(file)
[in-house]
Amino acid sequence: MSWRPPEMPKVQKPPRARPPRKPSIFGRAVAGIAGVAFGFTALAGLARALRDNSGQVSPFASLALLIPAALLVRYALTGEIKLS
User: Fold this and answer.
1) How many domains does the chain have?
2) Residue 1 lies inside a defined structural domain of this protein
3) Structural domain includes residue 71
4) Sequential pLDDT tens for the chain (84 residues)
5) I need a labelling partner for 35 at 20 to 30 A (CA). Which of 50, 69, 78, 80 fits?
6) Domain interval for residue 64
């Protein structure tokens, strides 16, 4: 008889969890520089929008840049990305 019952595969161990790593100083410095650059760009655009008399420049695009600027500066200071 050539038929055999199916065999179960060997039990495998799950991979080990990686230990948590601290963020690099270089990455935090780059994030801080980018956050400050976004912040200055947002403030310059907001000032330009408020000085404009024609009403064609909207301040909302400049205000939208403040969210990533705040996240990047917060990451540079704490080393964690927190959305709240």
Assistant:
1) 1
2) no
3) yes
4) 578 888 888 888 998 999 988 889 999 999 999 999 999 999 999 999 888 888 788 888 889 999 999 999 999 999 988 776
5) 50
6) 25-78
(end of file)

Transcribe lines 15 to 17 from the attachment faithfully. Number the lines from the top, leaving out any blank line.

4) 578 888 888 888 998 999 988 889 999 999 999 999 999 999 999 999 888 888 788 888 889 999 999 999 999 999 988 776
5) 50
6) 25-78